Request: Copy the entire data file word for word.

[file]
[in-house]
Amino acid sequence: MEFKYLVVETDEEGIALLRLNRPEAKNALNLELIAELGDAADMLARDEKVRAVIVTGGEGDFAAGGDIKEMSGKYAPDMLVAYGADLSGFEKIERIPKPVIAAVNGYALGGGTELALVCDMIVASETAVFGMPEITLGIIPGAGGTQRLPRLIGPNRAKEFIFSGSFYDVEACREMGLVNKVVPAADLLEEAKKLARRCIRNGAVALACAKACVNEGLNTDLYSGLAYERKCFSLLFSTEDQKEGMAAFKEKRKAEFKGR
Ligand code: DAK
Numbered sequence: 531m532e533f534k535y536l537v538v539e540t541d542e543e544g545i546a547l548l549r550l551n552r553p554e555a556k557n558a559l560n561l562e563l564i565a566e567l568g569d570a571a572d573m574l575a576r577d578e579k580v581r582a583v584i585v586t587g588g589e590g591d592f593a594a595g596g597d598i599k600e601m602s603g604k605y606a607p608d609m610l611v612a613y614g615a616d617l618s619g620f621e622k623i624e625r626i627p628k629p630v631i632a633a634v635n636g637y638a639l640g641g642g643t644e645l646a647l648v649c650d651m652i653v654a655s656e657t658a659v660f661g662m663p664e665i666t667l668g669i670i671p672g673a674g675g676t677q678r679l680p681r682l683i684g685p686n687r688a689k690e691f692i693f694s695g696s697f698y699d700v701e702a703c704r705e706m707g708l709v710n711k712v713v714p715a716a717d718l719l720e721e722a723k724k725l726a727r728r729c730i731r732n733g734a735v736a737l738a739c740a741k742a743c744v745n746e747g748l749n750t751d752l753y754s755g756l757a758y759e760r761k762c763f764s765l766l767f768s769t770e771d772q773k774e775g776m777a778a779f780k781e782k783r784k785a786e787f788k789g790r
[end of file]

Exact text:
[in-house]
Amino acid sequence: MEFKYLVVETDEEGIALLRLNRPEAKNALNLELIAELGDAADMLARDEKVRAVIVTGGEGDFAAGGDIKEMSGKYAPDMLVAYGADLSGFEKIERIPKPVIAAVNGYALGGGTELALVCDMIVASETAVFGMPEITLGIIPGAGGTQRLPRLIGPNRAKEFIFSGSFYDVEACREMGLVNKVVPAADLLEEAKKLARRCIRNGAVALACAKACVNEGLNTDLYSGLAYERKCFSLLFSTEDQKEGMAAFKEKRKAEFKGR
Ligand code: DAK
Numbered sequence: 531m532e533f534k535y536l537v538v539e540t541d542e543e544g545i546a547l548l549r550l551n552r553p554e555a556k557n558a559l560n561l562e563l564i565a566e567l568g569d570a571a572d573m574l575a576r577d578e579k580v581r582a583v584i585v586t587g588g589e590g591d592f593a594a595g596g597d598i599k600e601m602s603g604k605y606a607p608d609m610l611v612a613y614g615a616d617l618s619g620f621e622k623i624e625r626i627p628k629p630v631i632a633a634v635n636g637y638a639l640g641g642g643t644e645l646a647l648v649c650d651m652i653v654a655s656e657t658a659v660f661g662m663p664e665i666t667l668g669i670i671p672g673a674g675g676t677q678r679l680p681r682l683i684g685p686n687r688a689k690e691f692i693f694s695g696s697f698y699d700v701e702a703c704r705e706m707g708l709v710n711k712v713v714p715a716a717d718l719l720e721e722a723k724k725l726a727r728r729c730i731r732n733g734a735v736a737l738a739c740a741k742a743c744v745n746e747g748l749n750t751d752l753y754s755g756l757a758y759e760r761k762c763f764s765l766l767f768s769t770e771d772q773k774e775g776m777a778a779f780k781e782k783r784k785a786e787f788k789g790r